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Artist prepares a different kind of Easter egg hunt

Artist prepares a different kind of Easter egg hunt


Most Easter egg hunts involve dyed eggs, chocolate bunnies and assorted pastel candies.

Artist Zack Smithey is doing his differently.

Smithey, 32, spent the first three months of the year creating 1,000 pieces of art, mostly paintings in acrylic and enamel. Through Friday he’ll hide them, at a rate of about 100 per day. It’s finders keepers; from 4 to 7 p.m. on April 4, the lucky winners are invited to a reception at Cicero’s, 6691 Delmar Boulevard, to get their pieces autographed.

“This is probably the fastest and hardest I’ve ever worked in the studio,” Smithey says, “just continually moving forward, moving forward, making art.”

He rattles off some impressive statistics: “It took 156 hours just to prep and prime the paintings. There are 864,000 square inches of paintings. If I lined up all the paintings in a row, they would be a little over twice the height of the Empire State Building, about a half-mile. The cost of the materials was about $10,000.”

That begs the question of just why anyone would create 864,000 square inches of paintings in three months to give them away. What is Smithey getting out of it?

“I like to make art,” he says. “I like challenges; I like to give. For the last five or six years I’ve done a lot of charity work and raised over $80,000.” Gaining publicity is not his primary goal, although he admits that getting noticed “is natural when you’re giving away a thousand pieces of art. It gets the public excited about real art if they’re involved.”

Smithey first sold a piece of art while in middle school and became “seriously professional” in 2000. Today, his work ranges from portraiture (Mark Twain and legendary baseball players are regular themes) to exercises in elaborately dripped paint. He taught art at Francis Howell North High School from 2006 to 2013. He gave that up two years ago to focus on his own creations.

He’s made impressive videos with classical musicians. That includes one for the Chamber Music Society of Lincoln Center, “A Short Film for the End of Time,” making paintings while, behind a curtain, instrumentalists play Olivier Messiaen’s “Quatuor pour la fin du temps,” “Quartet for the End of Time.”

He lives with his wife, Brie, and two dogs in St. Charles, where they own the restaurant and art gallery Miss Aimee B’s.

“My art has a huge variety,” he says. “Every time I do something new, it’s always part of a series. I feel like if I’m doing it once, I’m not devoting enough time to that subject. Like, last year I did like 200 Mark Twain portraits.”

His Easter art offerings come from many of those themes: some studies of skulls, some Mark Twains. Based on his past sales, Smithey says the paintings are valued at about $500 each. “They’re dominated by the materialization of sound,” he says, noting that he often works with an improvisatory cellist. “They look like ripples of colors, vibrations of colors. In general, they’re just inspired by music and sound. Eventually, I’ll do sound-specific pieces.” This summer, he plans to go to New York and “do a 50-yard painting. As music plays, you walk and watch the painting.”

Asked what inspires him, he replies, “When I was younger I used to look for inspiration all the time, in order to make something.” These days, he has a long list of things he wants to try. “It’s more application than inspiration that motivates me, solving problems and inventing things. I like to experiment with new art, new processes.”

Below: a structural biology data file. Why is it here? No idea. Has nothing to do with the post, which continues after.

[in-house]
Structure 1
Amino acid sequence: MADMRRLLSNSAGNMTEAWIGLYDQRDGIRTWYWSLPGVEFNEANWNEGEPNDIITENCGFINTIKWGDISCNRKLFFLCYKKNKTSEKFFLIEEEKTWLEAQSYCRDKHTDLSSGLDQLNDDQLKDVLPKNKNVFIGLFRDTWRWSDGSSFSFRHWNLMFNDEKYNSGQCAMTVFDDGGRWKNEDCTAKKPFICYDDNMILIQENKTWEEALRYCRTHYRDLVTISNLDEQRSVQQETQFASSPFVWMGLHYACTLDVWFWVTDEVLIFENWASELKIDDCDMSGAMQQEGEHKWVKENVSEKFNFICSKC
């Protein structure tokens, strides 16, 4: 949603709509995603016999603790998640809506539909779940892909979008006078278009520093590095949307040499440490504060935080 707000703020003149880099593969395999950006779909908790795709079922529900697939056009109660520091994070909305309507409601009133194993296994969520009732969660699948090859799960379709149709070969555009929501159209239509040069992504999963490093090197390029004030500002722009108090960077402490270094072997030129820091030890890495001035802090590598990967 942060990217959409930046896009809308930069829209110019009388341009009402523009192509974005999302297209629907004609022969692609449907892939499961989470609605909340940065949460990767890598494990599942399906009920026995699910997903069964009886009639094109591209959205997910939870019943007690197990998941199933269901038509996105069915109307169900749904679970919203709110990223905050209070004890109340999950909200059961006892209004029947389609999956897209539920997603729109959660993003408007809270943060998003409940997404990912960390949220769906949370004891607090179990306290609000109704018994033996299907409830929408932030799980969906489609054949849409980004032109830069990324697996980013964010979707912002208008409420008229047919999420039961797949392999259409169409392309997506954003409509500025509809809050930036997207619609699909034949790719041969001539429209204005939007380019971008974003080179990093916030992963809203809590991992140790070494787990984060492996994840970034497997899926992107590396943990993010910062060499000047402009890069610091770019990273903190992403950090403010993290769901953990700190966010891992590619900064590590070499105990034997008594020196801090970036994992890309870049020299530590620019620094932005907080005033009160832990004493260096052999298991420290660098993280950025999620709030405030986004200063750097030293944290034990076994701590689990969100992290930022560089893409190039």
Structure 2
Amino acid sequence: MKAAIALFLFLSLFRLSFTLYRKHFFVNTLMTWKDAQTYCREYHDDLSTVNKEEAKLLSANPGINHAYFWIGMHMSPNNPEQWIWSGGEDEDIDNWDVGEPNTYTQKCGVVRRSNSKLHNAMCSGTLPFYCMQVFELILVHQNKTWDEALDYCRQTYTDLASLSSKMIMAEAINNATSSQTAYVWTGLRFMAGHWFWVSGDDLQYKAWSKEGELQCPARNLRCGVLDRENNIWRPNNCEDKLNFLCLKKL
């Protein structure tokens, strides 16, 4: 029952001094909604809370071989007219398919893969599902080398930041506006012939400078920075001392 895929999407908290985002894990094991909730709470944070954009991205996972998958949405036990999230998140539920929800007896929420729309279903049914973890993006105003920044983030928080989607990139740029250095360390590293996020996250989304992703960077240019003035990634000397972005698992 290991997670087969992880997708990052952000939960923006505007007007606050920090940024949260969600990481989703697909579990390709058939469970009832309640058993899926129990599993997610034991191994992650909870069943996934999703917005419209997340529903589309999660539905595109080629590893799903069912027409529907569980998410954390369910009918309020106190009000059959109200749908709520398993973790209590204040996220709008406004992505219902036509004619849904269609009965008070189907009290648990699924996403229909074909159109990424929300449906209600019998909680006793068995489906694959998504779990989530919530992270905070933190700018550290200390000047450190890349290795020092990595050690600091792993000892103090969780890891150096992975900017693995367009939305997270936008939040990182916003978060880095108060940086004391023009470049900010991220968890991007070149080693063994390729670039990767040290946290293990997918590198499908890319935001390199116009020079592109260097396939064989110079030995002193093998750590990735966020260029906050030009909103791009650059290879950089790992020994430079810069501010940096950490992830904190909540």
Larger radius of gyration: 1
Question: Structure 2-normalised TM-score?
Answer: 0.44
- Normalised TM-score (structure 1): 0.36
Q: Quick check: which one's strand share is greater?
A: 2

One of the things he likes about his Easter art hunt is that it’s “very interactive. So many people have contacted me on Facebook, asking me where the art is going to be.” Every day he’ll hide 100 pieces, which range in size from 12 by 12 inches to 32 by 48 inches, in different spots around the St. Louis area.

“I’ve got a secret route planned for each day. As I hide them, I’m going to take a picture of each piece and post it on Facebook. If you can figure out where that picture was taken, you can try to find it. Where there’s one piece, there will be more, spread out in the general area.”

In the case of bad weather, he will put his paintings under covered areas. In the case of really bad weather, he’ll put them in locally owned businesses.

At the end, “I’ll put 300 pieces of art up and down the Delmar Loop, inside and outside businesses.” Each one will have a card attached to it, telling the finder “Take me, I’m yours,” and explaining the Easter art hunt concept.

He’s hoping that finders will email their stories and pictures to him at

“I want to know if they decided to keep the art, sell it, trade it, donate it or give it away. I conceived the idea, produced all of the art and financed all of the materials, and gave it all away. If that inspires anyone else to do something great or give to someone else, I want them to share their story with me.”

Smithey says that one thing he’s taking away from his first-quarter project is more than 1,000 pieces of art. “It’s a three-month performance piece. Our lives are a series of moments of time. The art is a record of my life for the last three months; each piece is a slice from that timeline.

“I hope that I made the best of that time and that people perceive the value of that time, and not just the art.”

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Sarah Bryan Miller is the classical music critic for the St. Louis Post-Dispatch; she has also written on a variety of other topics.

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